I voted Remain, I feel sick about this result and its implications for what’s to come. But I’m a believer in democracy. This post is about how to reconcile those two things (it’s a bit unstructured because I’m working it out as I go, and I’m not sure I agree with all of it).

Democracy isn’t just fairer than other systems of governance, it’s smarter. It leads to better decisions and better outcomes, on average and over the long run, than countries that are run by autocrats or councils of wise men with jobs for life. It is simply the best way we have yet devised of solving complex problems involving many people. On that topic, if you’re not averse to some rather dense and technical prose, read this post or seek out this book. But the central argument is that democracy is the best way of harnessing ‘cognitive diversity’ — bringing to bear many different perspectives on a problem, each of which are very partial in themselves, but add up to something more than any one wise person.

I don’t think you can truly be a believer in democracy unless you accept that the people, collectively, are smarter than you are. That’s hard. It’s easy to say you believe in the popular will, right up until the popular will does something REALLY STUPID. The hard thing is not just to ‘accept the result’ but to accept that the majority who voted for that result know or understand something better than you. But they do. You are just one person, after all, and try as you might to expand your perspective with reading (and some try harder than others) you can’t see everything. So if a vote goes against you, you need to reflect on the possibility you got it wrong in some way. If I look at the results of past general elections and referendums, for instance, I now see they were all pretty much the right calls, including those where I voted the other way.

One way to think about the vote is that it has forced a slightly more equitable distribution of anxiety and alienation upon the country. After Thursday, I feel more insecure about my future, and that of my family. I also feel like a foreigner in my own country — that there’s this whole massive swathe of people out there who don’t think like me at all and probably don’t like me. I feel like a big decision about my life has been imposed on me by nameless people out there. But of course, this is exactly how many of those very people have been feeling for years, and at a much higher level of intensity. Democracy forces us to try on each other’s clothes. I could have carried on quite happily ignoring the unhappiness of much of the country but I can’t ignore this.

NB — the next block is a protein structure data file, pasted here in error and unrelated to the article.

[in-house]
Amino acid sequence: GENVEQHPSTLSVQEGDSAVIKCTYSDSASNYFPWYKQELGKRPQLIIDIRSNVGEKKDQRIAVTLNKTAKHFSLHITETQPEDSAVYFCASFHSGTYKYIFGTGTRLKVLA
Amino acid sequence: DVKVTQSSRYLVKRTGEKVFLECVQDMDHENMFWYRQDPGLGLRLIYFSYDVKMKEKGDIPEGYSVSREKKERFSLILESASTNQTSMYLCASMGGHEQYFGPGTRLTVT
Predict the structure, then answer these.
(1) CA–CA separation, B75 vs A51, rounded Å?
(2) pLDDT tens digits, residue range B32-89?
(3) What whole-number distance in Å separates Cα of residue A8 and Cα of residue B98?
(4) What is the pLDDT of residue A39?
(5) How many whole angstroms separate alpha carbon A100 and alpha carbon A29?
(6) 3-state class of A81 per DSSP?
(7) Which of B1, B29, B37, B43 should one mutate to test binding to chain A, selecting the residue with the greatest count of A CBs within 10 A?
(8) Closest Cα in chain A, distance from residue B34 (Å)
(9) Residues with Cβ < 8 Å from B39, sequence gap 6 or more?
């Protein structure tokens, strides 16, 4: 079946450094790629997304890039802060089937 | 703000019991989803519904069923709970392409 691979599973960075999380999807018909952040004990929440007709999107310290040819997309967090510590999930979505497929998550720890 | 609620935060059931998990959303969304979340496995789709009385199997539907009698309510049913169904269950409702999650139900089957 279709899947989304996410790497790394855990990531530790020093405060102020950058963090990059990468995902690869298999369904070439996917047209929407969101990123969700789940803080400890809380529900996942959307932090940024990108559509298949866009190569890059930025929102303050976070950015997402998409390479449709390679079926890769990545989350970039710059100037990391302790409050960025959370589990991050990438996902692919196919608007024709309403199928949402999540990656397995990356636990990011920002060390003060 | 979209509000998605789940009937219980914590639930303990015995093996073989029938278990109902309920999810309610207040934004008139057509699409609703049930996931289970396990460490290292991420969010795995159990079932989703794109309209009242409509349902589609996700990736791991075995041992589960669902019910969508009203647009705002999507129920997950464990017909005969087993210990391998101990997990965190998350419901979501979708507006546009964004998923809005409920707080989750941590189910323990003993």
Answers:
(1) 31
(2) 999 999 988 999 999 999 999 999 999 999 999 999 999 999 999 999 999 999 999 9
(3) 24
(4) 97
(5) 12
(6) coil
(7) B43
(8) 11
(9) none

I’m seeing a lot of people on Twitter and in the press bemoaning how ill-informed people were, talking about a ‘post-factual democracy’. Well, maybe, though I think that requires further investigation - democracy has always been a dirty dishonest business. But surely the great thing about Thursday that so many people voted — including many, many people who might have felt disenfranchised from a system that hasn’t been serving them well. I’m not sure you’re truly a democrat if you don’t take at least a tiny bit of delight in seeing people so far from the centres of power tipping the polity upside down and giving it a shake. Would it have been better or worse for the country if Remain had won because only informed middle-class people voted? It might have felt better for people like me, it might actually have been better, economically, for everyone. But it would have indicated a deeper rot in our democracy than do the problems with our national information environment (which I accept are real).

I’m not quite saying ‘the people are always right’ — at least, I don’t think it was wrong to vote to stay in the EU. I still believe we should have Remained and I’m worried about what we’ve got ourselves into by getting out. But I am saying they may have been right to use this opportunity — the only one they were given — to send an unignorable signal to the powers-that-be that things aren’t working. You might say general elections are the place for that, but our particular system isn’t suited to change things on which there is a broad consensus between the two main parties.

Ian Leslie is a writer, author of CURIOUS: The Desire to Know and Why Your Future Depends On It, and writer/presenter of BBC R4's Before They Were Famous.